Can’t Fill the Seats? MLB’s Rays Decide to Shrink the Stadium
(Bloomberg) -- The Tampa Bay Rays had Major League Baseball’s second-worst attendance last season. Rather than try to win more fans, the club has opted to lose seats.
The Rays are reducing capacity at Tropicana Field to 25,000 to 26,000 from about 31,000, creating “a more intimate, entertaining and appealing experience,” President Matt Silverman said Friday in a statement posted on the team’s website.
The team, owned by former Goldman Sachs Group Inc. partner Stuart Sternberg, averaged 14,258 at the domed stadium last season, better than only the Miami Marlins among MLB teams.
The renovations include closing the upper deck and creating an area in lower left field that’ll feature premium seating for small groups and social spaces, such as bars, which professional sports teams are using to court millennials.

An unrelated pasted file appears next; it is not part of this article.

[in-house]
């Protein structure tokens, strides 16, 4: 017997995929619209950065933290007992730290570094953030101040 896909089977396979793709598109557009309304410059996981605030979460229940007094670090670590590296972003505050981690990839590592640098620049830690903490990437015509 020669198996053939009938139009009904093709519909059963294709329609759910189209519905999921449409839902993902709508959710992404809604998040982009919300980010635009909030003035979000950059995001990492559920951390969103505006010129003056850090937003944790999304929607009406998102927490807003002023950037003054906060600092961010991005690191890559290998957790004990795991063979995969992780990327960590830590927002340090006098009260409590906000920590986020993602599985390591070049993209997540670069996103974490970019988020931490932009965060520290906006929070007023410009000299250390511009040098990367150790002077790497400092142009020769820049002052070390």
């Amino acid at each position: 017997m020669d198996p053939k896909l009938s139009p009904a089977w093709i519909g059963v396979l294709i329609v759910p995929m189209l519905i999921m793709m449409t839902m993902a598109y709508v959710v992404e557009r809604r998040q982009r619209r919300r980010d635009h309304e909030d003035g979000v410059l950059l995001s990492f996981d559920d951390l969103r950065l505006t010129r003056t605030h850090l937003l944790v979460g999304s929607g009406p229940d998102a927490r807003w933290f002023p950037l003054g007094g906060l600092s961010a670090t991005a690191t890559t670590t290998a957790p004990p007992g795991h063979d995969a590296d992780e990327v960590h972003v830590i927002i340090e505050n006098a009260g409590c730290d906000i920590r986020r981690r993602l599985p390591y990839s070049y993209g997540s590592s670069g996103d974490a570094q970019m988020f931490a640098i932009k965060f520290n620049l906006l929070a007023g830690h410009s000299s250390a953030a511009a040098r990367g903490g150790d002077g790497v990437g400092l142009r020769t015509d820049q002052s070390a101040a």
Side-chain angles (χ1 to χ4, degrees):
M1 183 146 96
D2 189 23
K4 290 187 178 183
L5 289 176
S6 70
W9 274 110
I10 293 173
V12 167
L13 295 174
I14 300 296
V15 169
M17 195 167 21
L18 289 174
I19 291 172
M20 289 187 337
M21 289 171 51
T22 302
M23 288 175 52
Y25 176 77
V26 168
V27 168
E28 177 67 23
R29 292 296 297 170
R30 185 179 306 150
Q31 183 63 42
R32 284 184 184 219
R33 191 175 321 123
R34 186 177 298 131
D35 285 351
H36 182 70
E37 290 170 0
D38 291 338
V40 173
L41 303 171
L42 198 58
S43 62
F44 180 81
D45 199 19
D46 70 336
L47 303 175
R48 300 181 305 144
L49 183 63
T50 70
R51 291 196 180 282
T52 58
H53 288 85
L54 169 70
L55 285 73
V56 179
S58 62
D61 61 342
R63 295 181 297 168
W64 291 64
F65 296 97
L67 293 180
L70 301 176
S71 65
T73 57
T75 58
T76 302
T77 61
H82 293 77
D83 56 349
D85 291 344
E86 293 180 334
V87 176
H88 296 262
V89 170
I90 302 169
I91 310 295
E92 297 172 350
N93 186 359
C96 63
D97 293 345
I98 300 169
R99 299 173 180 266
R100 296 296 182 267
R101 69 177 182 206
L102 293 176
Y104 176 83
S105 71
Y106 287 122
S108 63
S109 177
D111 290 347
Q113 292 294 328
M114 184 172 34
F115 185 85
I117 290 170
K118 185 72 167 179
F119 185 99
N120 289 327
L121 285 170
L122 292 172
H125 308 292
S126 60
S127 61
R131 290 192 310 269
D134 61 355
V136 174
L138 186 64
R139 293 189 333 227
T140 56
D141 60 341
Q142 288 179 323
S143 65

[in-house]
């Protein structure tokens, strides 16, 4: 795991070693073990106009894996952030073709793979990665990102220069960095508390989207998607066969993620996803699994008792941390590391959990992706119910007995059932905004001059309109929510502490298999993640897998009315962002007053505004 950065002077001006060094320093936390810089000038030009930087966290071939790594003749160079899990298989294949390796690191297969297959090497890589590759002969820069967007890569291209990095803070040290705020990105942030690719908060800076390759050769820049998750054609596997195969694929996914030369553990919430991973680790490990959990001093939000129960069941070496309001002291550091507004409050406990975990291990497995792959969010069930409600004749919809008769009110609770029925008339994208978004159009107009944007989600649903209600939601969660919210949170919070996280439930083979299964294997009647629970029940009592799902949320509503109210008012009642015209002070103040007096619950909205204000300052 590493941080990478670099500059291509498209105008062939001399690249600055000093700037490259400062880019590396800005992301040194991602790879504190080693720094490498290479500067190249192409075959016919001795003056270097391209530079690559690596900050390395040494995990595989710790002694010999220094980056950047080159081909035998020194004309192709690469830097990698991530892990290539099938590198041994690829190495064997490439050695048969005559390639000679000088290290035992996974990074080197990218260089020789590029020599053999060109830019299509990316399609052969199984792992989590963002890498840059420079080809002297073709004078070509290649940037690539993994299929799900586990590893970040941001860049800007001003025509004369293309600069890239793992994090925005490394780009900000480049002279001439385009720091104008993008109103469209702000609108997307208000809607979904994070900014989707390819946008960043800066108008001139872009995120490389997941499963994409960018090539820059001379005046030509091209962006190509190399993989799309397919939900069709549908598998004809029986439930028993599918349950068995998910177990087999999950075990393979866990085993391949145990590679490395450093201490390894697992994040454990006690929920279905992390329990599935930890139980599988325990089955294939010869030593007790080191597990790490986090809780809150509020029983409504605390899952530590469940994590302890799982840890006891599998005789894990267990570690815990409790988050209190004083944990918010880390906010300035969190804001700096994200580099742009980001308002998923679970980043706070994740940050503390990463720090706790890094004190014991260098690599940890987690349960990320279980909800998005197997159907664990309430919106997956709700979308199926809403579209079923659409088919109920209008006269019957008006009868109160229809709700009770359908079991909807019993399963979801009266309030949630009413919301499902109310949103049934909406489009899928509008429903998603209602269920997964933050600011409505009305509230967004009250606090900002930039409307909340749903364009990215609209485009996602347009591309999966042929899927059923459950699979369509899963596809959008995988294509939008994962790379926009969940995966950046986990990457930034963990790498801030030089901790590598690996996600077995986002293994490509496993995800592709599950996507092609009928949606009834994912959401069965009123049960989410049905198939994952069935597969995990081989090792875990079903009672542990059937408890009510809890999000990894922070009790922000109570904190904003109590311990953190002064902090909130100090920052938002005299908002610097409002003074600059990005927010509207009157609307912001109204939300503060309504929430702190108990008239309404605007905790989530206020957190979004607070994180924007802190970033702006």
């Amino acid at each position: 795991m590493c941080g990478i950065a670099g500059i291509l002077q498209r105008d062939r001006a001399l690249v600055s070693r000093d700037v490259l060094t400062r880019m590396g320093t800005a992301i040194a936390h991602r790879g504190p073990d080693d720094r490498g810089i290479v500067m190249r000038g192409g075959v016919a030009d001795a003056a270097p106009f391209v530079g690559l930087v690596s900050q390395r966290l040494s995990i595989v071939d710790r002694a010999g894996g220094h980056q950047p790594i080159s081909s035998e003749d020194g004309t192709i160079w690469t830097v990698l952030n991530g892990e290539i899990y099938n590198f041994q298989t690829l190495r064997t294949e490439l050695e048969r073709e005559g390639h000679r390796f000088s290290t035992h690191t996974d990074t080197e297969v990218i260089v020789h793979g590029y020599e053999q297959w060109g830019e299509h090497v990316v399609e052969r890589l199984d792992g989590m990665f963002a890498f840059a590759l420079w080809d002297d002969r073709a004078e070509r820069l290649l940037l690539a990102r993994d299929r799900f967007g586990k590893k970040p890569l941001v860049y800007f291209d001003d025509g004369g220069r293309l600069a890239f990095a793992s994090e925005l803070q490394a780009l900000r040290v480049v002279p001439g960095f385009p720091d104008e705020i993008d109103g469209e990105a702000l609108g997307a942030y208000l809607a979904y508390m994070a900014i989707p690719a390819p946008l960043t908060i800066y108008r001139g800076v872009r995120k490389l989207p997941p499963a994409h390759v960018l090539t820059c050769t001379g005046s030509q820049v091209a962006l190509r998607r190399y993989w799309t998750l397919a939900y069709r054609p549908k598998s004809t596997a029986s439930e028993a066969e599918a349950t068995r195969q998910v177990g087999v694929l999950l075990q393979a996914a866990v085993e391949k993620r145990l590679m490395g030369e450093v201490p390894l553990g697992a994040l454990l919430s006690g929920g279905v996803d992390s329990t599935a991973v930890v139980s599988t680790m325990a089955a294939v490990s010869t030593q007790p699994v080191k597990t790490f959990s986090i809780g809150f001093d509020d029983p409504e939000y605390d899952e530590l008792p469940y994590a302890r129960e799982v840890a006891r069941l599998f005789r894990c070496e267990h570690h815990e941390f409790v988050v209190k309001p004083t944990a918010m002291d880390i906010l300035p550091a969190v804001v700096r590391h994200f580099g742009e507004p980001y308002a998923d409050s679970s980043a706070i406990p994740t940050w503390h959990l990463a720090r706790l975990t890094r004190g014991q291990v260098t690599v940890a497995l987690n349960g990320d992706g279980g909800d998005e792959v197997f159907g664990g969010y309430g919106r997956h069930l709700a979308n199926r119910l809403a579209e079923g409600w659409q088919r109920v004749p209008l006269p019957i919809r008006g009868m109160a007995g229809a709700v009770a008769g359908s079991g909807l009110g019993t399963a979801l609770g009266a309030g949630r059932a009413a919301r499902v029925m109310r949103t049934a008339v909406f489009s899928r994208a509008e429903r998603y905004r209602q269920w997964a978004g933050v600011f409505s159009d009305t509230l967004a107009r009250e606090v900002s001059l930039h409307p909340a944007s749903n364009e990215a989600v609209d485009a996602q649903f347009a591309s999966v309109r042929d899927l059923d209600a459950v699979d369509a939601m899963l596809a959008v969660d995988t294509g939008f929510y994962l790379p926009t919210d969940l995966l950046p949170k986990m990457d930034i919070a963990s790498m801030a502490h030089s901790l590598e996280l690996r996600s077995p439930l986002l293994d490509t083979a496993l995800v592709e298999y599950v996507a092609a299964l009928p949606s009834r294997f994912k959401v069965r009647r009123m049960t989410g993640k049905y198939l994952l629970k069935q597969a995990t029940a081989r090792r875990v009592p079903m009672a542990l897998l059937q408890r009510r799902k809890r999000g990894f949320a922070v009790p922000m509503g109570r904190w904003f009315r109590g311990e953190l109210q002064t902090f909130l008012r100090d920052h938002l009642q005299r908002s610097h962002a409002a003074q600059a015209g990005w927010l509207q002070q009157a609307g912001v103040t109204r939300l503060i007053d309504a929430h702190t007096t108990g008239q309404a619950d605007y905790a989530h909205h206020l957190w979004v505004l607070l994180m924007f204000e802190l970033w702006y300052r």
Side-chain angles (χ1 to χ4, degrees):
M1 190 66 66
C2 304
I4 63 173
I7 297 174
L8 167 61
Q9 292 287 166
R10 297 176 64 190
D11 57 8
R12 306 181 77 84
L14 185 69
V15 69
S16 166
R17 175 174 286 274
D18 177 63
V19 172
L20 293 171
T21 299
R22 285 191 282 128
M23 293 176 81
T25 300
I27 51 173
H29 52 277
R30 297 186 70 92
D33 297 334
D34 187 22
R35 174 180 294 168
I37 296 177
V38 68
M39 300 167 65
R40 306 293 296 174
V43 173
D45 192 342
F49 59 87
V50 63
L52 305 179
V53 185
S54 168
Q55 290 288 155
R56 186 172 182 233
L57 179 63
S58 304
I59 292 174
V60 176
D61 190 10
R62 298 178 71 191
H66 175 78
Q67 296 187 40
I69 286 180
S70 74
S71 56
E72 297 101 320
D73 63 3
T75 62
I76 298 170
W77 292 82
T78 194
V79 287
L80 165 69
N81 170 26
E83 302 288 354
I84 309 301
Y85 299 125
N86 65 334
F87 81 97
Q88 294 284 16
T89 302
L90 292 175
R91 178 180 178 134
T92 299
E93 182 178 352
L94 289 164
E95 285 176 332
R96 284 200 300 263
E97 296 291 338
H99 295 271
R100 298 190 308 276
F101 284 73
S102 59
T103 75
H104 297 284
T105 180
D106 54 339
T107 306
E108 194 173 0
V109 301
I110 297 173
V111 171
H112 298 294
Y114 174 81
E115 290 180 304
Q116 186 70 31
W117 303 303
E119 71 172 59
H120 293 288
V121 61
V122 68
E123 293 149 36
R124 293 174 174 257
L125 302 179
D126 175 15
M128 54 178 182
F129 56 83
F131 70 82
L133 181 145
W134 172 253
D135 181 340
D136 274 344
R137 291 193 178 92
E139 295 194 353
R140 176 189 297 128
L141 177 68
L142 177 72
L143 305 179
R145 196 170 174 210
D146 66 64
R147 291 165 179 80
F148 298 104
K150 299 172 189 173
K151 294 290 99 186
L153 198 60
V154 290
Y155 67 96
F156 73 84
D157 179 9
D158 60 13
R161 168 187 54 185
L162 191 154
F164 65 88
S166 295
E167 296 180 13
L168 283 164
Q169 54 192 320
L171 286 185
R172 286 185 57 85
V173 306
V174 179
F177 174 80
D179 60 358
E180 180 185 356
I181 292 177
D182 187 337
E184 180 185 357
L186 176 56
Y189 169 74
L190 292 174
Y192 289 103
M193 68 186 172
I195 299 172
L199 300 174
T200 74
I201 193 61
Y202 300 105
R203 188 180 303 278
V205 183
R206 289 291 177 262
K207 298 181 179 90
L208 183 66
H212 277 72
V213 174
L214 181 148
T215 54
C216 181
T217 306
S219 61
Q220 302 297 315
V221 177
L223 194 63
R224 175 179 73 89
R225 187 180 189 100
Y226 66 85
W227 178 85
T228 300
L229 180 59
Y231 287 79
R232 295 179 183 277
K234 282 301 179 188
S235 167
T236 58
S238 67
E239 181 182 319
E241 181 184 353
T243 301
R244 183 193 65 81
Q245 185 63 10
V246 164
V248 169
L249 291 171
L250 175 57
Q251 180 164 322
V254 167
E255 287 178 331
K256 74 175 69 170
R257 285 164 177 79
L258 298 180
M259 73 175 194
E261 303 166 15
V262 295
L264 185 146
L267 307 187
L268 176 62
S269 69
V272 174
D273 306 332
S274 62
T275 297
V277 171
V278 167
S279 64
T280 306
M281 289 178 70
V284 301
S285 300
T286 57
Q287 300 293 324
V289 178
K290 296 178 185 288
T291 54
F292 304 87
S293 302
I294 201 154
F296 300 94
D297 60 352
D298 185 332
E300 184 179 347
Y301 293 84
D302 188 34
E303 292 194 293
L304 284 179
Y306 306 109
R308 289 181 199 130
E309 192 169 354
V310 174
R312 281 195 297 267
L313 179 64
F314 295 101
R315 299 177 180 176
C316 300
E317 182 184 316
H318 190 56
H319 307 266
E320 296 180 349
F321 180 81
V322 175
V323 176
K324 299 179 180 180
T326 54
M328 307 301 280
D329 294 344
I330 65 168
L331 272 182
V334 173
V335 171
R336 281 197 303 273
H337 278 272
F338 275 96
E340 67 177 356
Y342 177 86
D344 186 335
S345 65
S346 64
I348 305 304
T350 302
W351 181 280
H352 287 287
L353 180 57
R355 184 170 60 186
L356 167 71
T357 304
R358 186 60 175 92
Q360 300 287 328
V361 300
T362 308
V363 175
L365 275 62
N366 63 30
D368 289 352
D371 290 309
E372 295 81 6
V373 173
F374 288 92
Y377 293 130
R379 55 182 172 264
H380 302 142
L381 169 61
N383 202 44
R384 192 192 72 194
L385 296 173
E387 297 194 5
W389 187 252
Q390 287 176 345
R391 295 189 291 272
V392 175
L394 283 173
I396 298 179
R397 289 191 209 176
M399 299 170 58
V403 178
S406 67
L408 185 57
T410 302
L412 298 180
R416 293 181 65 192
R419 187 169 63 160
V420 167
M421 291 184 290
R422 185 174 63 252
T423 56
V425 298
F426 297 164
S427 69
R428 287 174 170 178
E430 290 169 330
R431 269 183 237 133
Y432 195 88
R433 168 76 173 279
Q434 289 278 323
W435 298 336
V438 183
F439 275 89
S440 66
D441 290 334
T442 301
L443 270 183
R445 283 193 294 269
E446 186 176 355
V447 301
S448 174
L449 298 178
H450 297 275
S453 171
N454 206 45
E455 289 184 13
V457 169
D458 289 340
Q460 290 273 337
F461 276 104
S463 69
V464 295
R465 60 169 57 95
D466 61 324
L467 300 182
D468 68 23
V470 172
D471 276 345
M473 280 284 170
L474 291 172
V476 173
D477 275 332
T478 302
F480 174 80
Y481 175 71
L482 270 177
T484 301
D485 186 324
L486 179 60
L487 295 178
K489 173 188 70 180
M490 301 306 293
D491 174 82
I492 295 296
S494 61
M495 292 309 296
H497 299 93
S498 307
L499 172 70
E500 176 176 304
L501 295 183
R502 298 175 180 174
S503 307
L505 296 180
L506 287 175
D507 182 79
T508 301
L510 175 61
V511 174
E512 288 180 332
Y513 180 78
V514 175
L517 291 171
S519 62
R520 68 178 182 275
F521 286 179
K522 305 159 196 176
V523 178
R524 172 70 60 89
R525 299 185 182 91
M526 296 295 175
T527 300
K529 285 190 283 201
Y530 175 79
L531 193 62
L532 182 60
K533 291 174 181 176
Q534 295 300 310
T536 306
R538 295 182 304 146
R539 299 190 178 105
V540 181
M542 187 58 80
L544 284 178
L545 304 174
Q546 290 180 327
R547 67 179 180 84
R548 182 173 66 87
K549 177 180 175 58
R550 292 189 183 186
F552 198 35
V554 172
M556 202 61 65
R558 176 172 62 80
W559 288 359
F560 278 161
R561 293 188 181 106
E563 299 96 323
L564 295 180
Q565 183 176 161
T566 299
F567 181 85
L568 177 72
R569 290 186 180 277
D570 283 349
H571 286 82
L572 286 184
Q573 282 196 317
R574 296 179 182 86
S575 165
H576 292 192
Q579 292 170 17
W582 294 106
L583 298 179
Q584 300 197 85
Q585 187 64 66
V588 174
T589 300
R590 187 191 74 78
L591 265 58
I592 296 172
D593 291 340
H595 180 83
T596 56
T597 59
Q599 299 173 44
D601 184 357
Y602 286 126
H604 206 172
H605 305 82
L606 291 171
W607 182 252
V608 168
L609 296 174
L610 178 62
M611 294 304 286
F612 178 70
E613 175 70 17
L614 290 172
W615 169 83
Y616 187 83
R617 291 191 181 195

Pro sports teams are increasingly relying on more expensive premium seats to drive revenue. The most recent renovation undertaken by the Cleveland Indians, for instance, included more social spaces along with a seating reduction.
The Rays have been seeking a new facility, and have said they’re committed to remaining in the Tampa area.
The Rays said they’ve spent more than $15 million for stadium renovations the past two years. The club didn’t say how much the latest changes would cost. The team went 90-72 last season.
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